One other point about the purported “lack of evidence” that software patents harm innovation. I’m probably more sensitive to this type of argument than most because I’m also working on a paper on eminent domain abuse, and you sometimes see precisely the same style of argument in that context. People will argue “sure, eminent domain sometimes screws over individual landowners, but there’s no evidence that it harms the economy as a whole.”
There are two problems with this sort of argument. First, as I said before, it’s not obvious what “empirical evidence” would look like. Eminent domain abuse occurs in almost every state in the union, and it would be extremely hard to set up a good controlled experiment.
But the more fundamental point is that individual examples of injustice are themselves evidence that something is wrong. When city governments steal peoples’ land to make room for a shopping center, that is, in and of itself, evidence that eminent domain abuse is harmful. If we can pile up enough examples of such abuse, that’s evidence that the system is causing harm even if the harm doesn’t show up in national GDP statistics.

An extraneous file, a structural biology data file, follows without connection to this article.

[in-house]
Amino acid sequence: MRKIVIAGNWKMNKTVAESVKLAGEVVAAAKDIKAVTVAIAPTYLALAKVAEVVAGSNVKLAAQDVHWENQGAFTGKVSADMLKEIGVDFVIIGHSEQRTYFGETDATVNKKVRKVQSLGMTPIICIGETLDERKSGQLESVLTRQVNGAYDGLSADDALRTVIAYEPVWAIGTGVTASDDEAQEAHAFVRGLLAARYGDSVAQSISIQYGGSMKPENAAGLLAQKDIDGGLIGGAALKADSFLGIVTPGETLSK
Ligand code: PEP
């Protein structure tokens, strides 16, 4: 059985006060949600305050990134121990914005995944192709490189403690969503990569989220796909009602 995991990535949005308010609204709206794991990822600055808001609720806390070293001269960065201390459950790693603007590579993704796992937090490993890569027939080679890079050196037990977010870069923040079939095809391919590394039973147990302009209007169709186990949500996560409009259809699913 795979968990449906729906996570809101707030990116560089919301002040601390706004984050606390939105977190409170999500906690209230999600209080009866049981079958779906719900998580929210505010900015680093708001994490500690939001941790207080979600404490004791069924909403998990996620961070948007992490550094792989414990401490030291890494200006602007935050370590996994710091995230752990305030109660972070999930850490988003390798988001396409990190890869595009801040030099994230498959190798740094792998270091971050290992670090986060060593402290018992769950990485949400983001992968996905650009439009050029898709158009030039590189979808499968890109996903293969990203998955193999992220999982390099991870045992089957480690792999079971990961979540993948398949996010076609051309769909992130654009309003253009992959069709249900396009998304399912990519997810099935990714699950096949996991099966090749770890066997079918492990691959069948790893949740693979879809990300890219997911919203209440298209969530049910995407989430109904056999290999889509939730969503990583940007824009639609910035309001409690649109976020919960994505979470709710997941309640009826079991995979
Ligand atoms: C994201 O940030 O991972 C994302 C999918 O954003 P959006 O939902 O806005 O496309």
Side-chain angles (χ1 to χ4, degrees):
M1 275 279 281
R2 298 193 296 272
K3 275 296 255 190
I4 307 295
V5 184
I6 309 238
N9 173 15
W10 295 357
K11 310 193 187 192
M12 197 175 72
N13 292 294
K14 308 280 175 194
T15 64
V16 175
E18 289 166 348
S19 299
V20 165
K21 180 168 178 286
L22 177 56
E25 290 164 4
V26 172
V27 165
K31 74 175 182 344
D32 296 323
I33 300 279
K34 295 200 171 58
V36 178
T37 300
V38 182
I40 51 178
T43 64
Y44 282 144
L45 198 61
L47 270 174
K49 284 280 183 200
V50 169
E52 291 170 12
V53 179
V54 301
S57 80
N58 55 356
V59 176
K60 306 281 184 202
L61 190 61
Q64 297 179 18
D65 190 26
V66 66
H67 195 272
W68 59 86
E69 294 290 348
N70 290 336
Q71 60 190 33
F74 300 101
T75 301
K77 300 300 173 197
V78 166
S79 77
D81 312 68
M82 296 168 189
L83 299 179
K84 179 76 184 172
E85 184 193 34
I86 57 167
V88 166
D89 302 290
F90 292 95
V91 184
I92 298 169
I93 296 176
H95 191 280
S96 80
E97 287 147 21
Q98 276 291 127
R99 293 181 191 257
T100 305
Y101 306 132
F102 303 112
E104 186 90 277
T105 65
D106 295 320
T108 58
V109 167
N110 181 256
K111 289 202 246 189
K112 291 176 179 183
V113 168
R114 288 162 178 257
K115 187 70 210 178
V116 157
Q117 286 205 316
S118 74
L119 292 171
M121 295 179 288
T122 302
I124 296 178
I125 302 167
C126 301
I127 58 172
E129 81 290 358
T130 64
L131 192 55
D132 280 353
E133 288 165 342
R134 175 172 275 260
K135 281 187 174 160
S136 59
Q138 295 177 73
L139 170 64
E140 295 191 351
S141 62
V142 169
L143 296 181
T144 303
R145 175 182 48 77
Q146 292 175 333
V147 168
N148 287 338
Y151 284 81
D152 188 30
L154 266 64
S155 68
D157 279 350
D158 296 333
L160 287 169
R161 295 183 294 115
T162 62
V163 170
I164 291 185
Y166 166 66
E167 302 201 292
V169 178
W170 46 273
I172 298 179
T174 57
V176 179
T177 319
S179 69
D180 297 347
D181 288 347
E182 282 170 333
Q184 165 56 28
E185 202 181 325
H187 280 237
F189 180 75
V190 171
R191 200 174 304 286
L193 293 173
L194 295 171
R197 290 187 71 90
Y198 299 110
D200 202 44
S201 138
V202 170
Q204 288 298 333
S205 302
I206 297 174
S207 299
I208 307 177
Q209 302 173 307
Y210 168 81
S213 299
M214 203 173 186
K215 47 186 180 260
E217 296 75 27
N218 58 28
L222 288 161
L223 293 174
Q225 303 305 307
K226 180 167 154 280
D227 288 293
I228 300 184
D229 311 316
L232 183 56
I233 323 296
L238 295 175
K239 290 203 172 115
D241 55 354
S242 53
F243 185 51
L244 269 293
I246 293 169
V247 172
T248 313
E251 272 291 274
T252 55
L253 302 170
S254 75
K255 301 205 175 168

Similarly, I don’t think anyone would seriously claim that what happened to RIM, or what’s happening to Vonage, is just. So those are two data points in support of the thesis that the software patent system is screwed up. Here are 26 more. When you’re talking about issues like this that aren’t susceptible to clear-cut quantitative measurements, the plural of anecdote really is data—especially when the anecdotes are so lopsidedly in one direction.